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J Biol Chem. 1987 Sep 5;262(25):12356-64.

Decreased levels of hepatic epidermal growth factor receptors in obese hyperglycemic rodents.

Abstract

Stimulation of epidermal growth factor (EGF) receptor autophosphorylation by EGF and phosphorylation of a Mr 52,000 protein endogenous to the membrane extracts were decreased 6-12-fold in liver membrane extracts from mice homozygous for either the ob/ob or db/db mutation when compared to controls. Liver membranes from the mutant mice bound 4-5-fold less 125I-EGF/unit of protein than did their normal littermates, but exhibited normal EGF binding affinity. Similar decreases in EGF binding were noted in liver membranes from homozygous fa/fa Zucker rats, another obese, hyperinsulinemic animal model, when compared to values from control animals. We also immunoprecipitated hepatic EGF receptors from mice injected with [35S]methionine, and found that livers from db/db mice contained approximately 35% of the labeled EGF receptors found in control animals. Both ob/ob and db/db mice had serum immunoreactive EGF levels similar to or lower than those found in unaffected littermates, suggesting that ligand-mediated down-regulation of receptors was not the cause of the decreased EGF binding. In one mutant, db/db, the decreased binding was associated with a 6-fold decrease in the levels of liver EGF receptor mRNA transcripts; in the ob/ob mice, at most a 2-fold decrease in the level of liver EGF receptor transcripts was observed. EGF binding to cultured peritoneal fibroblasts derived from db/db mice was normal, suggesting that the abnormality in the mutant mice might result from altered environmental or tissue-specific factors rather than an abnormal receptor gene. This was supported by Southern blot analysis of DNA from these animals, which showed identical restriction fragment patterns for the EGF receptor gene in both control and mutant animals. These data indicate that three distinct strains of obese hyperglycemic rodents have decreased levels of hepatic EGF receptors, and suggest that this decrease may result from altered environmental stimuli or tissue-specific factors rather than a primary defect in the EGF receptor gene.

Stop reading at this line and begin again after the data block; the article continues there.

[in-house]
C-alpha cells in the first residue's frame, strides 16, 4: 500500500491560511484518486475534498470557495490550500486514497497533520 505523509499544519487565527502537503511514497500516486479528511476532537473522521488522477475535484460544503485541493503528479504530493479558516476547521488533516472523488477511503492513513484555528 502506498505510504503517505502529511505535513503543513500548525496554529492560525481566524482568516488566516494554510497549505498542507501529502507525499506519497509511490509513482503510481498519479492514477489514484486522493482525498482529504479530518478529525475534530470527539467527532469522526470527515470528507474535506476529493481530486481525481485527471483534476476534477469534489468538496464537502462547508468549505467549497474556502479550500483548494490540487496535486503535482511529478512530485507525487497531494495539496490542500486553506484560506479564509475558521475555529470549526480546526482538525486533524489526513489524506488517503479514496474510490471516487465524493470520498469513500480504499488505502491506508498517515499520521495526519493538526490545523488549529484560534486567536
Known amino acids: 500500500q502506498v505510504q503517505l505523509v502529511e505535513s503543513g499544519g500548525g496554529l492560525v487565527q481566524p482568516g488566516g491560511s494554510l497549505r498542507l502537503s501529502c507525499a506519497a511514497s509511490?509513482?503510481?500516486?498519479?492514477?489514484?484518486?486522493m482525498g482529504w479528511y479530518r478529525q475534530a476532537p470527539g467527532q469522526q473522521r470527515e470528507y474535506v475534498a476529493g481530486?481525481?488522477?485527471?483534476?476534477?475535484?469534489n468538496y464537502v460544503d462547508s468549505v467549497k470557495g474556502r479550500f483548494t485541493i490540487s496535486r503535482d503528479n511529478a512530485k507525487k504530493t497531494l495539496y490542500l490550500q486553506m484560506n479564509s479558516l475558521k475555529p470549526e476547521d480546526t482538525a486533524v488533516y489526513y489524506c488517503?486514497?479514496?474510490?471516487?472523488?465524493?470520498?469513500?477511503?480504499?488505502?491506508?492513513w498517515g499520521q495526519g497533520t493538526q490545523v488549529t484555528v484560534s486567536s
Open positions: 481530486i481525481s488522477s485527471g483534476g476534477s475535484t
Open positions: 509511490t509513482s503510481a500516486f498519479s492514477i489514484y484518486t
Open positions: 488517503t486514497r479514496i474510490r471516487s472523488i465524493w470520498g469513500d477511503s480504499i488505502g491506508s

PMID:
3624263
[Indexed for MEDLINE]
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